Friday, July 02, 2021

Cirrus SR22 G5 GTS, N100ZW: Accident occurred July 01, 2021 in Fort Myers, Florida

Federal Aviation Administration / Flight Standards District Office; South Florida

Aircraft experienced an engine failure and deployed the ballistic parachute system. 

Fetch Aviation LLC

Date: 01-JUL-21
Time: 23:40:00Z
Regis#: N100ZW
Aircraft Make: CIRRUS
Aircraft Model: SR22
Event Type: ACCIDENT
Highest Injury: NONE
Aircraft Missing: No
Activity: PERSONAL
Flight Phase: APPROACH (APR)
Operation: 91


  1. Moments from landing, possible fuel exhaustion if consumption on the leg going north was the basis for calculating limited refuel before returning south. Wouldn't be the first Cirrus pilot trying to out guess the low fuel warning/remaining and stretch the finish.

    Chute ride on video.

    1. This was a training flight with a CFI and student. If you listen to the ATC comms the throttle broke as they were defending from 12000 ft. All they had was idle with no prop control (Cirrus does not have a prop control) The determined with no power and a flat prop dragging and slowing them down they could not make the airfield. Thus the CAPS pull. If you look at the area, homes, canals etc not safe place for an off field landing.

  2. Notice the pilot's thinking in the clip--that the parachute is a great out. That mindset is undoubtedly a big factor in why Cirrus accidents, and a lot of them fatal, have just been routine again in the news lately. Keep it up, and the insurance companies will price them right out of the market.

    1. This was a training flight with a CFI in the right seat. They were on an instrument approach from 13000 ft. Approx 15 miles out they experience a throttle failure. All they had was idle, no power what so ever. With not prop control and the drag from the flat prop the decision was made to pull the CAPS. No place to put down in a major urban area with homes, canals and river.

    2. Sad to have a throttle control fail at the wrong time. Hundreds of throttle up/down cycles in seven years of use since production and it breaks on approach without enough altitude remaining to glide to the field. Lack of separate prop pitch control is a bug, not a feature.

    3. Reluctant_Poster - can you cite any of the opinions you provided? I checked the accident data records and they appearing to me to be the very opposite of what you said.

    4. A quick search of the NTSB database shows some 60 Cirrus accidents just since June of 2019, at least 22 of which involved serious or fatal injuries.

  3. @Cameron_Young: I'm still leaning towards fuel exhaustion. FMY has cheap fuel and I know many pilots who fly out of FMY will ferry fuel because of it. The return flight took 30+ minutes longer than the original flight. Looking at FlightAware history, historically they've made the flight in under 3 hours. The return leg took 3:24, not including ground time, so a heck of a headwind.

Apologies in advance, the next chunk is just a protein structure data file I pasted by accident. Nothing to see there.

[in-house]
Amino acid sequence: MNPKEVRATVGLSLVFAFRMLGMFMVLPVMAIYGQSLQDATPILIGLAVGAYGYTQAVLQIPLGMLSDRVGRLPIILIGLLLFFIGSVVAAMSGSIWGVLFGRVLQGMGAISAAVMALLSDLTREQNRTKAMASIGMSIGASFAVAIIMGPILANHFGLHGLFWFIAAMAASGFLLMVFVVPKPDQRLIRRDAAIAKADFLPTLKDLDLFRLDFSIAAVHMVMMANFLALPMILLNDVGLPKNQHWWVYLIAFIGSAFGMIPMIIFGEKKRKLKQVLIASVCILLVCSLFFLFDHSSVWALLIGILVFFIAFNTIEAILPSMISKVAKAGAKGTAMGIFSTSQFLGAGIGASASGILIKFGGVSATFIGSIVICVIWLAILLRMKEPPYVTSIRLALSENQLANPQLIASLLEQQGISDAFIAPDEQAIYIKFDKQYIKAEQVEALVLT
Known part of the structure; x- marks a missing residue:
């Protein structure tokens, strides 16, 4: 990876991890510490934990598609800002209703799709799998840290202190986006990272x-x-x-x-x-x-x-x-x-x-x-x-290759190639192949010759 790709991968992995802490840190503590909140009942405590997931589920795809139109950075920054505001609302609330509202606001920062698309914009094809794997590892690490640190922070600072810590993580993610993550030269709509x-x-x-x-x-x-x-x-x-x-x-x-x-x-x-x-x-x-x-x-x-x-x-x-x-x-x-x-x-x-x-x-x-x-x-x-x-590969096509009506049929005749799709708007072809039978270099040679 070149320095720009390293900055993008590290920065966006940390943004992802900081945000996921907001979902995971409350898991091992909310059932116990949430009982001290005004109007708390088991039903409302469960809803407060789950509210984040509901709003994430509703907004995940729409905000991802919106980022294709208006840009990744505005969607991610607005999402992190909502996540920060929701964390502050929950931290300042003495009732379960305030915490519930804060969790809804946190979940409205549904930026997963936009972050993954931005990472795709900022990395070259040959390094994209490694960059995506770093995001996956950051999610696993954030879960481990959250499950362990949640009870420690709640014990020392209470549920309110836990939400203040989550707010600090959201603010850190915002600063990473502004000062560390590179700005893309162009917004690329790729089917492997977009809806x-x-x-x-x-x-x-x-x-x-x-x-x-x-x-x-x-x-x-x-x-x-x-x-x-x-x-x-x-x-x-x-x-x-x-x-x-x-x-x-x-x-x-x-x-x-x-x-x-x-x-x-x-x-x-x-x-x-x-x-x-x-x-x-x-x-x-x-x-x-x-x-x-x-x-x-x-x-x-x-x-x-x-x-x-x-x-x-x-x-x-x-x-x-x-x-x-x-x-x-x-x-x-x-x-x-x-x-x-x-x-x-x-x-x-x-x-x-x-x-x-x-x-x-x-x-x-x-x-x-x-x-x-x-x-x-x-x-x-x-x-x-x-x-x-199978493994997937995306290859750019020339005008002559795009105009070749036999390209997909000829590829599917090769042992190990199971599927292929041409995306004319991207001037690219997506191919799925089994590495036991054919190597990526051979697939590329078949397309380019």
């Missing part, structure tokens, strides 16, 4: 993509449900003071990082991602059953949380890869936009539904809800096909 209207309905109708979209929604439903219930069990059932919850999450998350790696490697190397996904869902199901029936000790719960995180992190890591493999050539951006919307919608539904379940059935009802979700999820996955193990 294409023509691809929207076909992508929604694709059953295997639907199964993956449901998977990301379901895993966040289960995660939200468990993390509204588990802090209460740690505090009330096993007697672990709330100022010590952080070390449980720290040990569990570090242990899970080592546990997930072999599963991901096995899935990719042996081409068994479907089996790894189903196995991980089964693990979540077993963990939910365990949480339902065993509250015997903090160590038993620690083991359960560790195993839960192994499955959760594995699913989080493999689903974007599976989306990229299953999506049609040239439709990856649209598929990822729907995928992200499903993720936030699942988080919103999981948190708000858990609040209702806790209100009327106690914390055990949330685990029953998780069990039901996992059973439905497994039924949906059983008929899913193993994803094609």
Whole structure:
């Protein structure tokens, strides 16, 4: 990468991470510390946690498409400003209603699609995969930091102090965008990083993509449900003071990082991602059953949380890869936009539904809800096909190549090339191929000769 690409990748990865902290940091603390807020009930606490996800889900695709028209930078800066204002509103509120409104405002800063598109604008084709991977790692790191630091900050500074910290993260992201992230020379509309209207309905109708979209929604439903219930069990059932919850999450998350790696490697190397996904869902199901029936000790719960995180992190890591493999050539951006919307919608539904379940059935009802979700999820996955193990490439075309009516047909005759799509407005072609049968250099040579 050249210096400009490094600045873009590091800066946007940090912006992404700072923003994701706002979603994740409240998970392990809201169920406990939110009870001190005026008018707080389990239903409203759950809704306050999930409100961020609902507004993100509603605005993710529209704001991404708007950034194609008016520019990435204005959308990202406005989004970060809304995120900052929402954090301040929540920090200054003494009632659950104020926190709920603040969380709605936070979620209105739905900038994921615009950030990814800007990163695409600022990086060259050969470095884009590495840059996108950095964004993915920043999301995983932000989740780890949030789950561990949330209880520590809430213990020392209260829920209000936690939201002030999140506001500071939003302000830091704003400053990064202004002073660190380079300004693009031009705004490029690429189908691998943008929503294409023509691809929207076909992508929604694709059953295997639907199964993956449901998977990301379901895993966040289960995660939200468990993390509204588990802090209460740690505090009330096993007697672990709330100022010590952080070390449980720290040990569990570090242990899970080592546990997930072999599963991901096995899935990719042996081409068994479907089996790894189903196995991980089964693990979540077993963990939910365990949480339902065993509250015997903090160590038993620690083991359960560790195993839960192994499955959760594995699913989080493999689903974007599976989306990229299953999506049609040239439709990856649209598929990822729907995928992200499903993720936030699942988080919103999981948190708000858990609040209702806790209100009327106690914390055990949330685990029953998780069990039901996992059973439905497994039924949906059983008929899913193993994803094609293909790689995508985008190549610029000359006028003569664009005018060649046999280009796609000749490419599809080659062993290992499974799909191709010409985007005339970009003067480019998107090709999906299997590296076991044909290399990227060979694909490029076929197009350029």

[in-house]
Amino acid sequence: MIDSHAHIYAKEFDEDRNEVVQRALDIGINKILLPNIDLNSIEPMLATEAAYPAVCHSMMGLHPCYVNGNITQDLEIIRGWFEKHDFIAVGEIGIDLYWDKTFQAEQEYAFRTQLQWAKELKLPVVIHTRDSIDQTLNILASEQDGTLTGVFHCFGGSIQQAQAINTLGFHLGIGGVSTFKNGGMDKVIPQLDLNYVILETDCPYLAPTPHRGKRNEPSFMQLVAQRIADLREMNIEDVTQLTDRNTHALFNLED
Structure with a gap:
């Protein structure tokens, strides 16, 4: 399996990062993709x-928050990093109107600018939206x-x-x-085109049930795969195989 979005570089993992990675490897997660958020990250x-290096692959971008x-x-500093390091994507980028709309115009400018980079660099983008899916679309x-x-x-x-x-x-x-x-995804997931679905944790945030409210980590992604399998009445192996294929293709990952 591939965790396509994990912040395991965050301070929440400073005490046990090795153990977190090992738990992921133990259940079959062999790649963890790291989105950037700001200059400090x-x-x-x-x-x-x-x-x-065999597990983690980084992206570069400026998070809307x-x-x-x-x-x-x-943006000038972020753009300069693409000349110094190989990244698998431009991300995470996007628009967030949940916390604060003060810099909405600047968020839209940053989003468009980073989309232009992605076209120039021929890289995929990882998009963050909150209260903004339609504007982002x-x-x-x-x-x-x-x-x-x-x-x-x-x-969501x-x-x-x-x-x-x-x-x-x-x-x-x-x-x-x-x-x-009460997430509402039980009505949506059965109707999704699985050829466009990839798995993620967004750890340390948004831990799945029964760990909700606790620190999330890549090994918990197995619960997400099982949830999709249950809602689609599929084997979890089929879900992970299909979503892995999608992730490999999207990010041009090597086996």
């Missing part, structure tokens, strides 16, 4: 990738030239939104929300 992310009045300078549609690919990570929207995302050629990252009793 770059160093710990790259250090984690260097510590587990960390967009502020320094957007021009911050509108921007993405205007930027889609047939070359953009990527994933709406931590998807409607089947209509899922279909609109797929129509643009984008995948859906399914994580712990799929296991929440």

As far as only getting idle power, yes, this can happen with fuel exhaustion. I had it happen one time in a car which had a progressive fuel gauge failure, which caused it to show about 50% more fuel than was in the tank. I made a turn and couldn't get the car to accelerate. The engine kept running, but the gas pedal input made virtually no difference. I had at least a full minute of the engine running at idle before it finally died. I believe this particular SR22 is equipped with a FADEC system. As to how it responds to a low fuel pressure situation, I'm not sure as I've not flown it, but I would expect it to be comparable.

    Now the fun question -- could he have made the airfield? Possibly. He was probably trying to duck underneath RSW's Class C airspace which is right where that point on the north side of the river is. He was coming in hot & high and an SR22 has a glide ratio similar to a C172. When did he notice he was short on power? Good question.

    Everyone survived, so I'd say the pilot did a good job.

    1. The exact words of the pilot to ATC when he declared his emergency was "stuck throttle". I'm no expert on the SR22, but I've never heard of fuel exhaustion causing the throttle control to bind up and become immovable. One might suggest he was claiming a stuck throttle to hide the fact he actually negligently ran out of fuel, but it seems fairly implausible to come up with a deceptive tactic like that in the heat of an emergency.

      In any case, it looks like it landed fairly intact and SR22s have pretty good onboard data collection, so it should be easy for the NTSB to figure out if it actually ran out of fuel or something else happened here.